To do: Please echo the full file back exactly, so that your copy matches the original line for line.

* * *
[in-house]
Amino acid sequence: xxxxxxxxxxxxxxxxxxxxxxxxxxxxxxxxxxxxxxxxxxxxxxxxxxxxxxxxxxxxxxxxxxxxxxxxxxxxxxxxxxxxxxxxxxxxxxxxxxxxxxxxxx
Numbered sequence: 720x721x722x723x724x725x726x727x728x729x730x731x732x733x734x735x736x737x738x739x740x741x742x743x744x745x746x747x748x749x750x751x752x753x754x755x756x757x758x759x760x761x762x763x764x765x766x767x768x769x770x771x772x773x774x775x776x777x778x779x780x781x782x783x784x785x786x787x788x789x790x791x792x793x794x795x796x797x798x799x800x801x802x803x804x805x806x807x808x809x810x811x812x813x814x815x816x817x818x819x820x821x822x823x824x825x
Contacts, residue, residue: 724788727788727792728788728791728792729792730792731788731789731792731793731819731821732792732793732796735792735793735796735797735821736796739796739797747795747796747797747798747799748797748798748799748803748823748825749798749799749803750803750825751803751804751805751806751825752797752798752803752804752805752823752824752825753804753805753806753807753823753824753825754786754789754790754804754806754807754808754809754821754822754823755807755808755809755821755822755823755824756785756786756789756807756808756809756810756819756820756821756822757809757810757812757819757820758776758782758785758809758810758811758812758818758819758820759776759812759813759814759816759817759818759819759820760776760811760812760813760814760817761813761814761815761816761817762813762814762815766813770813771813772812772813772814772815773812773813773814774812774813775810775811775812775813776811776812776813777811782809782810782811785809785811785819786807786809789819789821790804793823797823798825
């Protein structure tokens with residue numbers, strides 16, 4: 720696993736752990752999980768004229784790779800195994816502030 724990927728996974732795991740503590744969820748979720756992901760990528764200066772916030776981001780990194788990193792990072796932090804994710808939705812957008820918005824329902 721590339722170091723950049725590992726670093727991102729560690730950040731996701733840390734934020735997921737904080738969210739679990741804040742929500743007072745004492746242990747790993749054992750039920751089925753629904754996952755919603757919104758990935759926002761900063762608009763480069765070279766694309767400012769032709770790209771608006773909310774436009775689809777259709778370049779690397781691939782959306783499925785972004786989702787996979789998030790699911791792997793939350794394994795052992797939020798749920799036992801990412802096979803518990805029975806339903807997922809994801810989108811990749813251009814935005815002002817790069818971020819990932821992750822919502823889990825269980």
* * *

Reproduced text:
[in-house]
Amino acid sequence: xxxxxxxxxxxxxxxxxxxxxxxxxxxxxxxxxxxxxxxxxxxxxxxxxxxxxxxxxxxxxxxxxxxxxxxxxxxxxxxxxxxxxxxxxxxxxxxxxxxxxxxxxx
Numbered sequence: 720x721x722x723x724x725x726x727x728x729x730x731x732x733x734x735x736x737x738x739x740x741x742x743x744x745x746x747x748x749x750x751x752x753x754x755x756x757x758x759x760x761x762x763x764x765x766x767x768x769x770x771x772x773x774x775x776x777x778x779x780x781x782x783x784x785x786x787x788x789x790x791x792x793x794x795x796x797x798x799x800x801x802x803x804x805x806x807x808x809x810x811x812x813x814x815x816x817x818x819x820x821x822x823x824x825x
Contacts, residue, residue: 724788727788727792728788728791728792729792730792731788731789731792731793731819731821732792732793732796735792735793735796735797735821736796739796739797747795747796747797747798747799748797748798748799748803748823748825749798749799749803750803750825751803751804751805751806751825752797752798752803752804752805752823752824752825753804753805753806753807753823753824753825754786754789754790754804754806754807754808754809754821754822754823755807755808755809755821755822755823755824756785756786756789756807756808756809756810756819756820756821756822757809757810757812757819757820758776758782758785758809758810758811758812758818758819758820759776759812759813759814759816759817759818759819759820760776760811760812760813760814760817761813761814761815761816761817762813762814762815766813770813771813772812772813772814772815773812773813773814774812774813775810775811775812775813776811776812776813777811782809782810782811785809785811785819786807786809789819789821790804793823797823798825
């Protein structure tokens with residue numbers, strides 16, 4: 720696993736752990752999980768004229784790779800195994816502030 724990927728996974732795991740503590744969820748979720756992901760990528764200066772916030776981001780990194788990193792990072796932090804994710808939705812957008820918005824329902 721590339722170091723950049725590992726670093727991102729560690730950040731996701733840390734934020735997921737904080738969210739679990741804040742929500743007072745004492746242990747790993749054992750039920751089925753629904754996952755919603757919104758990935759926002761900063762608009763480069765070279766694309767400012769032709770790209771608006773909310774436009775689809777259709778370049779690397781691939782959306783499925785972004786989702787996979789998030790699911791792997793939350794394994795052992797939020798749920799036992801990412802096979803518990805029975806339903807997922809994801810989108811990749813251009814935005815002002817790069818971020819990932821992750822919502823889990825269980």